So my neighbor, Mr. A, who is this amazing older gentleman who basically owns our neighborhood, moved out a few years ago and held a yard sale of sorts with all the things he wouldn’t be able to take with him to his new, smaller, home. Mr. A’s wife was an amazing cook (god rest her soul) and a lot of the things Mr. A was getting rid of were Mrs. A’s kitchen gadgets and appliances. My mom got her hands on their 1960s Dutch oven and it’s gotta be one of the best things we’ve gotten (Etsy is currently selling the “vintage” model for a lot more than we got ours for).
Super convenient because I woke up one day thinking “I have to make Rosemary Green and Black Olive Bread, ” oh yea! And I want it crispy on the outside and soft on the inside. After much research, I found that crispy bread can be accomplished with lots of wait time and baking it in the Dutch oven. You’ll notice that you have to wait at least 10 hours for the dough to rise. This is essential. Literally every Dutch oven recipe out there makes you wait. Which is fine … I’m sure you have plenty of other things to do. The wait is well worth it, because this Rosemary Green and Black Olive Bread is to-die-for. Perfect with some Labaneh or dipped in olive oil.
In a small bowl, use a spoon to mix together water and dry yeast. Cover and let stand for 10-15 minutes (it’ll get really bubbly)
In a large bowl, mix together the flour and salt
Add the water and yeast mixture to the flour mixture
Using a wooden spoon, mix until well incorporated (or you can use the knead attachment on your stand mixer to knead on low until a shaggy dough forms. See notes.)
Coat your hands in flour and shape into an oval
Place in a medium bowl, cover with plastic wrap, and put in a warm draft-free place (usually an un-warmed oven works) and wait 10-18 hours (or overnight) until the dough rises.
In a medium bowl, toss together the olives and rosemary
Heat oven to 450 F. Place your Dutch oven in the oven uncovered and heat for 30 minutes (see notes)
Meanwhile, place the dough on a floured surface and press the dough flat. Sprinkle about 1/3 of the mixture, and fold the sides over the dough to hide the mixture, press again to flatten, add another 1/3 and fold the sides over again. Do this until you've used all the mixture. Then continue to knead until the olives are incorporated, add more flour to your hands if needed.
Cover and let rest for 30 minutes, until doubled
Place the dough in the heated Dutch oven and cover with the lid
Bake for 30 minutes
Remove the lid and bake for another 15 minutes until browned
Remove from Dutch oven and place on a cooling rack
Cool completely before slicing
*Shaggy Dough is when the dough is formed, but still very floured and looks a little bit like a shaggy dog (that's where the name comes from)
**If you don't have a Dutch Oven, you can use a deep oven-proof skillet or an oven-proof soup pot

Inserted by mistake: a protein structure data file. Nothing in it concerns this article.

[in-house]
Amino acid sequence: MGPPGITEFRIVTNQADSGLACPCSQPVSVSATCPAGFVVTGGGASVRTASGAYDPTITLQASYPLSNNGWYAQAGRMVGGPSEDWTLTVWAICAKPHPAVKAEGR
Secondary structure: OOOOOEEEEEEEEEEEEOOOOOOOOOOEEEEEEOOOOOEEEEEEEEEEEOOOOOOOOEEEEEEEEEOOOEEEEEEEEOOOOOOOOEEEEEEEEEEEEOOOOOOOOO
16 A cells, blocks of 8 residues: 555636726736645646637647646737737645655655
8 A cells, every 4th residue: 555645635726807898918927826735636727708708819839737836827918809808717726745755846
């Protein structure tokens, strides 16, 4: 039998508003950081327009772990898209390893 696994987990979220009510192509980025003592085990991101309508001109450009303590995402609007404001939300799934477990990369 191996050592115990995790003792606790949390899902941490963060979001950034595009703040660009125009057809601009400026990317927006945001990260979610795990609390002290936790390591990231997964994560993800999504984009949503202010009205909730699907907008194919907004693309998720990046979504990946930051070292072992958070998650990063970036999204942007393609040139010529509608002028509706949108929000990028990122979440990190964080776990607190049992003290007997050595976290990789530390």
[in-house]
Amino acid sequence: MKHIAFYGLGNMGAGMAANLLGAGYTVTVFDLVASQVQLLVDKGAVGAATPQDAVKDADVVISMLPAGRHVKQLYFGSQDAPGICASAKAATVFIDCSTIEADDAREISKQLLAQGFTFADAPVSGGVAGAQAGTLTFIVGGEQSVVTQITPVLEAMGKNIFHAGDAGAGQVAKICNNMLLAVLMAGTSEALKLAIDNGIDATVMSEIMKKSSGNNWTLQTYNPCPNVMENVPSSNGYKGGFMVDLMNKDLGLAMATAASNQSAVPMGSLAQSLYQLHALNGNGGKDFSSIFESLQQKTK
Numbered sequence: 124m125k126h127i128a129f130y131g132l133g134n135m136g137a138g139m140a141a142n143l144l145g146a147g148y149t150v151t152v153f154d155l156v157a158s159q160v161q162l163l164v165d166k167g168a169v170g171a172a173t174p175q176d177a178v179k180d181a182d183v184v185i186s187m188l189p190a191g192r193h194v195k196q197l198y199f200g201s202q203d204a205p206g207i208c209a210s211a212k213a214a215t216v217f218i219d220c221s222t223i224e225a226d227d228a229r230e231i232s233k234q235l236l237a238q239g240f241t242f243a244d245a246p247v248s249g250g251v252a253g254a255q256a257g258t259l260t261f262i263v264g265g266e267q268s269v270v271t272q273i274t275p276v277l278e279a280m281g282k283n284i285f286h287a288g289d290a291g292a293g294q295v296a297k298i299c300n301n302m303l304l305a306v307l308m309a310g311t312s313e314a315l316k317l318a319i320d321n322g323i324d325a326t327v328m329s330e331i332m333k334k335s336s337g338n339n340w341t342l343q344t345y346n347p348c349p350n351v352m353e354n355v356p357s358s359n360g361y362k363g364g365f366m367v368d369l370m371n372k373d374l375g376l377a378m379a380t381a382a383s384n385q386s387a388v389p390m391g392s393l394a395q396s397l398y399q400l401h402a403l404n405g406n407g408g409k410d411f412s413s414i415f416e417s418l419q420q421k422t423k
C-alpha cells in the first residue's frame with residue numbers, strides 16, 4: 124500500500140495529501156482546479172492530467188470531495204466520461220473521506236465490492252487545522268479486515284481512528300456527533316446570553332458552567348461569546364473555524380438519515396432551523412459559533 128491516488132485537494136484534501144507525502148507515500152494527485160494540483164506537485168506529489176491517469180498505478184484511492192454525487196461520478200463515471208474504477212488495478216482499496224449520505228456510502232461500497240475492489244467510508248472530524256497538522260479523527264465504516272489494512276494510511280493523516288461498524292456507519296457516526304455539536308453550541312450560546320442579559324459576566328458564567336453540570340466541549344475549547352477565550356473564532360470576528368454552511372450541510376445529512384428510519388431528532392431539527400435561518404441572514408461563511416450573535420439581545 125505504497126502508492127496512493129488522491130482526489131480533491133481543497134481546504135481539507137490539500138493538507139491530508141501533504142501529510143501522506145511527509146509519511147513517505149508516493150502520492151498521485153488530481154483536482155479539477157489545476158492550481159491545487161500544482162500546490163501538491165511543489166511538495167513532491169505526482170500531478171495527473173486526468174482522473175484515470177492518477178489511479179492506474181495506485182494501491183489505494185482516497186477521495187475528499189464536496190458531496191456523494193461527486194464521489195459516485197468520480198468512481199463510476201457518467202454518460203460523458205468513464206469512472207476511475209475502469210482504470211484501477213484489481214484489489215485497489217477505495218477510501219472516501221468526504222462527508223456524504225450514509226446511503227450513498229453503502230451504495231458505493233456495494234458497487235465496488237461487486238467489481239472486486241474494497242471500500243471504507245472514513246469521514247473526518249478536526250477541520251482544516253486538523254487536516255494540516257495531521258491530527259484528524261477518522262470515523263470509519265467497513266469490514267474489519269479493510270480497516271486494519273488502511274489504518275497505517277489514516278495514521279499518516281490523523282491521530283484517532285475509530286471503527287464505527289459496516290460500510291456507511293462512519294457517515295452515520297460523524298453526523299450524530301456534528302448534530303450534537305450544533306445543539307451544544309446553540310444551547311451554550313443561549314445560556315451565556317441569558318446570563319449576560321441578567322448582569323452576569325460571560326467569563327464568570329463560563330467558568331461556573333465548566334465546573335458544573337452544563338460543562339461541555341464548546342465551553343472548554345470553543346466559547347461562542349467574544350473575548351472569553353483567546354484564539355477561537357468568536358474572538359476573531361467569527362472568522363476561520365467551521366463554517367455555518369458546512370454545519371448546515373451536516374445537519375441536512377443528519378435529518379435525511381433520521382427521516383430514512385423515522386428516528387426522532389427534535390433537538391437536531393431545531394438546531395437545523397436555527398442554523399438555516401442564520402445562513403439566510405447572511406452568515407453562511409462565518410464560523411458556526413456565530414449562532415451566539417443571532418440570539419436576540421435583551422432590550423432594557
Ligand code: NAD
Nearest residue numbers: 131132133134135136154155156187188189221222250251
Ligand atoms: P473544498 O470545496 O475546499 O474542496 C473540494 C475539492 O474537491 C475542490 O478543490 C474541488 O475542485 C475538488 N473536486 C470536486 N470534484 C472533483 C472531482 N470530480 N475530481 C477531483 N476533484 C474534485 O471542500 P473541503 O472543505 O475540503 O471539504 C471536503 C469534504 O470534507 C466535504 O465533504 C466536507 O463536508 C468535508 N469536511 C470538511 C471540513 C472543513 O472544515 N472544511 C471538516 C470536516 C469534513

I just can’t believe summer has come to an end already! It seems like it just wasn’t long enough this year. I mean, really … where did summer go? We’ve just crossed the Labor Day Weekend threshold (the Official End of Summer, at least that’s when all the swimming pools close), and my tan game slowly degraded as summer went on. In my defense, that’s because I was busing filling my weekends up with adventures of the non-culinary type. I had my fair share of BBQs, laying by the pool, and sitting outdoors basking the summer evenings, shisha in hand.
So for summer to end so abruptly (and yes, I will say abruptly since even Labor Day Weekend was rainy and cooled off so much it was almost too cold to swim) was such a disappointment.
To transition, albeit with difficulty, to pre-fall I baked up mini Spiced Cardamom cakes in my With a Spin cake molds. I learned some valuable lessons about silicone cake molds, most importantly that you have to wait until the cakes completely cool before taking them out of the molds, otherwise you’ll end up with a crumbled mess. Not to worry! I used those Spiced Cardamom Cake scraps to make Spiced Cardamom Cake pops covered in pink, white and semi-sweet chocolate. So in reality, they didn’t go to complete waste.
Spiced Cardamom Cake is best enjoyed with a steaming cup of coffee (or tea).
Incase you were interested in my fun-packed summer, here’s a recap of some of the summer adventures:
It’s a little later than midsummer and my tan game has been going strong. Okay, it’s actually been fairly weak in comparison to past years, but with Ramadan falling smack-dab in the middle of summer it really put a dent in my tanning plans. Not to mention, it’s been pretty rainy overall. Not ideal for catching those much sought after rays. I still have another solid month before I declare summer officially over and I’m going to take full advantage with pool and beach time, and BBQs, of course.
Speaking of BBQs … I’m a pretty traditional girl when it comes to BBQs. I love burgers, hotdogs, the occasional T Bone steak and on special occasions grilled fish. I’m not a grill master myself. I leave that job to my brother. He has a handle on it, and not to mention he rarely lets anyone else get involved when he’s manning the grill. It must be a guy thing. Manning the BBQ used to be my dad’s thing. It was pretty much the only kind of “cooking” he could do. That was before my brothers grew to be two times his size, and he passed it on to them, with just a little micromanaging. He is the dad after all. Now, he just sits back, snacks on chips and dip and waits for his sons to do all the work while he enjoys the fruits of his labor — raising them to be solid men. As for me, I’m in charge of prep work – also a duty I’ve inherited from my mom. Aside from marinating chicken and forming burgers, I like to make Arabic Potato Salad. It’s a delicious no-mayo alternative to (what we call) American Potato Salad.